Apparently, the lasers can also spark ignition at multiple points inside the cylinder simultaneously, resulting in a more efficient and complete ignition.  Ford plans to implement this technology in their car models in the next few years.

I wonder how this new technology would mate with the DART Motor.

Interesting Bookmark

Have you ever wondered about how your bike’s street performance might stack up against another bike.  Well, the folks over at Motorcyclist Online are there to help you out.  They have the actual dyno results and performance numbers of every bike they’ve tested.

I was reminded of that again, because, after my test ride of the BMW’s, I really wanted to see how they stacked up to each other in street performance.  The results are interesting, because one of my concerns about buying an RT–assuming my insurance settlement is enough to cover it, of course–was whether I’d find the performance anemic compared to my FJR.

According to that actual tests that Motorcyclist has performed, the results are:

Bike HP (HP @ RPM) Torque (lb. – ft. @ rpm) 1/4 Mile (sec. @ mph) Top Gear Roll-On  (60-80 MPH)
BMW R1200RT
101.1 @ 7500 78.0 @ 6250 11.68 @ 118.8 4.30
BMW K1200GT
127.6 @ 8900 79.3 @ 8100 11.30 @123.7 3.80
HD V-Rod 109.3 @ 8250 74.3 @ 7000 11.31 @115.0 4.05
FJR1300AE 127.2 @7900 89.6 @ 6800 11.86 @ 118.8 4.02

Well, I must say this comes as a surprise.  First, it seems that the AE is slower off the start than the RT, with a 1/4 time that’s 2/10 second slower than the RT.  Where the RT loses out is in the grunt at rolling from 60-80 in 6th gear, as the FJR does it 3/10 second faster rolling on in fifth.  I suspect that a 5th gear roll-on would be closer on the RT.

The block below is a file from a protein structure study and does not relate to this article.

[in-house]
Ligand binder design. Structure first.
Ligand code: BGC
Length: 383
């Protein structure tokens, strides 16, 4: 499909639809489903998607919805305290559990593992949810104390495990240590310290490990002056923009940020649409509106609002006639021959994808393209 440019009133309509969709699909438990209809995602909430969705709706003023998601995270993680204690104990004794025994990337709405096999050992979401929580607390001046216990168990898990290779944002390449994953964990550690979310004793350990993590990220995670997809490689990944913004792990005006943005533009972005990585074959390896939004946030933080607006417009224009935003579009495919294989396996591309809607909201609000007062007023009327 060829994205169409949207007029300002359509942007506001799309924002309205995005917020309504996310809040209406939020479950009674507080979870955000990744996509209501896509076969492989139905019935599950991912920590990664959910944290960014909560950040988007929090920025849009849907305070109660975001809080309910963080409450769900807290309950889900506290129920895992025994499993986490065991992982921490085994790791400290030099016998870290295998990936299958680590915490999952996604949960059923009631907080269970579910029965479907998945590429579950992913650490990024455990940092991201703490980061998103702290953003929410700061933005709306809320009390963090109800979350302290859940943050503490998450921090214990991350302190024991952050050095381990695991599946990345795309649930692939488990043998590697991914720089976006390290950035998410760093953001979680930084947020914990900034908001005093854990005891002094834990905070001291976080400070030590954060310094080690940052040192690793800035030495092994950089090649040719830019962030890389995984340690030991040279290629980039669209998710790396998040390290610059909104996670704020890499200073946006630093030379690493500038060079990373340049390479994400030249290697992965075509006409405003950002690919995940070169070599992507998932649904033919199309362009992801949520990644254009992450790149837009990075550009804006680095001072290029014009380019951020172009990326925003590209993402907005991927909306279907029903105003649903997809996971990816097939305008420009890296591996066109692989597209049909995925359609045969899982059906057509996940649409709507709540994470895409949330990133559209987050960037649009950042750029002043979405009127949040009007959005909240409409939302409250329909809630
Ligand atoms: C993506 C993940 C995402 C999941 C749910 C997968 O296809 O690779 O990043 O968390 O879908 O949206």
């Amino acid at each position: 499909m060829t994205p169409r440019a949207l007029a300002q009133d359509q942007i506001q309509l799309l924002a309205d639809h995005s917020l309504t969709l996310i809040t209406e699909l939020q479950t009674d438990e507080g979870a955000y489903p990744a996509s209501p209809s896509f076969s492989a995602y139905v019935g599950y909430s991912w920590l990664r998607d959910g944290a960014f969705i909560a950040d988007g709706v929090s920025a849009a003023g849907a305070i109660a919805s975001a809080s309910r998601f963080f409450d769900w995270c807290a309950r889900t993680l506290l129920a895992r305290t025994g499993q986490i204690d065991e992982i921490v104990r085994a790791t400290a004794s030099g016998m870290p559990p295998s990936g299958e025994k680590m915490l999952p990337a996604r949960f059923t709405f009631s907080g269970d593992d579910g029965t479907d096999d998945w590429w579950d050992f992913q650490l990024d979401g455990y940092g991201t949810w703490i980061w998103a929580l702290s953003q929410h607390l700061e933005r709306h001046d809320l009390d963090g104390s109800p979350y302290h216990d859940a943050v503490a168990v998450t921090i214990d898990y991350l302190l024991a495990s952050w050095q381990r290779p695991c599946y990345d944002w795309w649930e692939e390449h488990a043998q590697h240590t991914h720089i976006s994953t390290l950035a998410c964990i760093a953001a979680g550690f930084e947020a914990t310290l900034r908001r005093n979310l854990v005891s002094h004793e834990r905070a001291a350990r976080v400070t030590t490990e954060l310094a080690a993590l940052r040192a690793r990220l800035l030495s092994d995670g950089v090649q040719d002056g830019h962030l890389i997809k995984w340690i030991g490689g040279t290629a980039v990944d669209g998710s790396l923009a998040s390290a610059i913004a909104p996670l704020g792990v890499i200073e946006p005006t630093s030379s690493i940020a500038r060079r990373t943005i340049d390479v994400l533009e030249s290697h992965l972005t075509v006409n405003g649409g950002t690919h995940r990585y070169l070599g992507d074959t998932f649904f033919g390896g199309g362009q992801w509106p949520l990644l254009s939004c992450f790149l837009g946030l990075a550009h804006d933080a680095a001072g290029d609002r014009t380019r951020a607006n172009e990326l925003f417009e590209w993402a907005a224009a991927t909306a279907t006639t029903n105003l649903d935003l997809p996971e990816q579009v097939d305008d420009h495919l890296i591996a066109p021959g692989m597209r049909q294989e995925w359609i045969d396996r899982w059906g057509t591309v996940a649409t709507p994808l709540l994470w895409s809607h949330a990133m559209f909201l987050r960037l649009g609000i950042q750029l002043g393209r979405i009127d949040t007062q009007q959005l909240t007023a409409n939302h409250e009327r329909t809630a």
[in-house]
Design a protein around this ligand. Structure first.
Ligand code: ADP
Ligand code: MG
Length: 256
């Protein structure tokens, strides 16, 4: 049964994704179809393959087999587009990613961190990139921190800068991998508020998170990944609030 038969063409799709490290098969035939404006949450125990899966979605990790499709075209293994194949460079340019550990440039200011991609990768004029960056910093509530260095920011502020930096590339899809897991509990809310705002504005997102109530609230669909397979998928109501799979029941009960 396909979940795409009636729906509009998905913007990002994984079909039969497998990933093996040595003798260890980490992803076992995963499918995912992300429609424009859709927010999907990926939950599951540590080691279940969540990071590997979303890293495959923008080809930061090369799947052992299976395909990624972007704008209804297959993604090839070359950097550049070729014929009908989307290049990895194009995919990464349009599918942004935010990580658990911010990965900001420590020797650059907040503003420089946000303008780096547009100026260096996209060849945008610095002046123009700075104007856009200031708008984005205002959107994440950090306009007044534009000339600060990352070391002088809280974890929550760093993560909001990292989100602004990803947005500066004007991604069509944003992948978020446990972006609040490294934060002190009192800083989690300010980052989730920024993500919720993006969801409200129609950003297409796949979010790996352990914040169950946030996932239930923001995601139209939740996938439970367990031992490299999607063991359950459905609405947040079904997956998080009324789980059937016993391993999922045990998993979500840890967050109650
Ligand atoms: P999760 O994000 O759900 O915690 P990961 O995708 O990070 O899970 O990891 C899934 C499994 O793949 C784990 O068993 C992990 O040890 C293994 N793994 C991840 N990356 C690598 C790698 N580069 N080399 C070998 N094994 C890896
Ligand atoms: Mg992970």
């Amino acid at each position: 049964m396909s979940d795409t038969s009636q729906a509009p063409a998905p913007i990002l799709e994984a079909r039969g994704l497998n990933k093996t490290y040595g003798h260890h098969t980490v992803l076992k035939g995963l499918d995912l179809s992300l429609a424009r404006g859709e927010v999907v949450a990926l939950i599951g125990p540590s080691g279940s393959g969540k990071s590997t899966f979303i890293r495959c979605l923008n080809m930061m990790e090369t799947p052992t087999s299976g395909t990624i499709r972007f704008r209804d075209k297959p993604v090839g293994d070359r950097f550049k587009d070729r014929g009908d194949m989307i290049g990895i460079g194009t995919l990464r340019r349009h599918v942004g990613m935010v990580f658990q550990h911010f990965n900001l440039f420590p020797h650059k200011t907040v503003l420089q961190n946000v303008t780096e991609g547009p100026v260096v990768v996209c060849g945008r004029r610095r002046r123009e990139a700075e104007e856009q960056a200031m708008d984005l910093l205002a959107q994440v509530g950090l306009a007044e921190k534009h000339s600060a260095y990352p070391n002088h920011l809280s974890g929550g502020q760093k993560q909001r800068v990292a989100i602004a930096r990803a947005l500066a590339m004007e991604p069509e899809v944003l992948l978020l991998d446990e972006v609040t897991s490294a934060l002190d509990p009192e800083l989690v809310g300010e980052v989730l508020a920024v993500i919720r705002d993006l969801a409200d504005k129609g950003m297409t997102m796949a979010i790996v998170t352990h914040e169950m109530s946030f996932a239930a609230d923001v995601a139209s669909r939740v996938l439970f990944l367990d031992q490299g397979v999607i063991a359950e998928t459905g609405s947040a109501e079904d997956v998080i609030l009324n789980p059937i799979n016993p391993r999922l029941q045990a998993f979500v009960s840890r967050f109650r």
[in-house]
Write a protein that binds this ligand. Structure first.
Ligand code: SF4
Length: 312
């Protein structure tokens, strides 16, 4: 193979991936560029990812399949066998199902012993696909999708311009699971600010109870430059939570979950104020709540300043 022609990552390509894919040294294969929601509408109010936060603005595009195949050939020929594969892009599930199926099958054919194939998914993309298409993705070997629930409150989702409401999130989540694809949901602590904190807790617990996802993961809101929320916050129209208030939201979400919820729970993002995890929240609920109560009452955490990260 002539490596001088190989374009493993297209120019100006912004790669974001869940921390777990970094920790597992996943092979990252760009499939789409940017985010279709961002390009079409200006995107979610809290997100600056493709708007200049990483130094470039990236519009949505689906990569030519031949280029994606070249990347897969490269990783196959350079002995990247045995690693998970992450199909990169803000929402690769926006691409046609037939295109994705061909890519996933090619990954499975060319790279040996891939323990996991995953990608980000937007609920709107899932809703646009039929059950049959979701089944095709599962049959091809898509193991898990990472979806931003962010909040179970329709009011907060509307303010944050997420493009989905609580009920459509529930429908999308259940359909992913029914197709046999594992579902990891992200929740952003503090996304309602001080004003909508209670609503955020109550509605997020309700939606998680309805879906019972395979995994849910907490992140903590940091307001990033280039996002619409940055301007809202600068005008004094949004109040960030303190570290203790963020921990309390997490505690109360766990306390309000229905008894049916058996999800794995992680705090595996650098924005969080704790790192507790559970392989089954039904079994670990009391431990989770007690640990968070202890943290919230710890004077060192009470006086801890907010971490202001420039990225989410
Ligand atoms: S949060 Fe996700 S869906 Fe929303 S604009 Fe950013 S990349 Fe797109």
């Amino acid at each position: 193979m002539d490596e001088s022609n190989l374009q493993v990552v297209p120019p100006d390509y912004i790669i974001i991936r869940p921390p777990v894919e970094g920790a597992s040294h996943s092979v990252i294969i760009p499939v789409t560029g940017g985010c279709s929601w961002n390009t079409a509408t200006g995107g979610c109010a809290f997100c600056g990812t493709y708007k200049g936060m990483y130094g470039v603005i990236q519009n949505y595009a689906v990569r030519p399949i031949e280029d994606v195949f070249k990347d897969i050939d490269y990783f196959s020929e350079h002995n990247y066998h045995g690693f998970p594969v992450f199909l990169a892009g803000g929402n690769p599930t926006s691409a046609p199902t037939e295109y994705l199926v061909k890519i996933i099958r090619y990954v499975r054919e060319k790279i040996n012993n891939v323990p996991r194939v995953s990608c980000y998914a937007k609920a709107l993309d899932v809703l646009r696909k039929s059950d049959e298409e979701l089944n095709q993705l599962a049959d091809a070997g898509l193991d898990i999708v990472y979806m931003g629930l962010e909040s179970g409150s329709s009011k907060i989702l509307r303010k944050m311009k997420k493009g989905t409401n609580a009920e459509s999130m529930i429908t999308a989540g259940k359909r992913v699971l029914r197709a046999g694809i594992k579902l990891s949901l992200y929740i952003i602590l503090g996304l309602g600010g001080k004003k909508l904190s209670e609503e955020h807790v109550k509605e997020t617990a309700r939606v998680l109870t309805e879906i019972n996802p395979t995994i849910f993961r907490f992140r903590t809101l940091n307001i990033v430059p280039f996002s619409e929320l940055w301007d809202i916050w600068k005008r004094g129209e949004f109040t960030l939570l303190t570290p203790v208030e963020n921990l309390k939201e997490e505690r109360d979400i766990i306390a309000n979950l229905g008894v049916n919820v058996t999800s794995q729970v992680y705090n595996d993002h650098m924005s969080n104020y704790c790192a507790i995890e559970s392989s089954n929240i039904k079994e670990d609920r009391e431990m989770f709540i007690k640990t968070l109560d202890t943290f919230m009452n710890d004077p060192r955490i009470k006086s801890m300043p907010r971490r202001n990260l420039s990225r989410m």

Another surprise is how close the performance between the K1200GT is to the Harley V-Rod.  That’s about a dead heat.  I suspect the K1300GT has some performance increase though. But for a cruiser (sport-cruiser?) the V-Rod is pretty hot.

But, based on the numbers above, I don’t see that the performance difference between the RT and the FJR AE model, like I have, would be particularly noticeable.  And based on handling alone, I can already see that I can hustle the RT faster through the corners than I can the FJR.

Can you hear me talking myself into it?

I really want to know what that insurance settlement is gonna be, now.

Better Engines

The Norton post about rotary-engined motorcycles got me thinking about motorcycle engines in general. There haven’t been a lot of rotary motorcycle engines–or car engines for that matter.  Frankly, despite the valiant efforts of Mazda, the fact is that the Wankel engine has problems.

The seals at the three apexes of the rotor are always problematic.  The seal area is relatively small and prone to breakdown, and hence, leakage.  Heat differentials are a problem, too, in that the engine casing receives a big differential in heating.  Lots of engineering is required to make it reliable, and give it acceptably long engine life.  The heat from the exhaust will bake you as well. And efficiency has always been a problem with Wankels.  They just tend to use more fuel.  For instance, that old Norton commander only got about 30-35 MPG, which is pretty low for a motorcycle.  They also have high emissions due to incomplete fuel burning, which of course, contributes to the engine’s poor fuel efficiency.

But the advantages are really great, especially for motorcycles.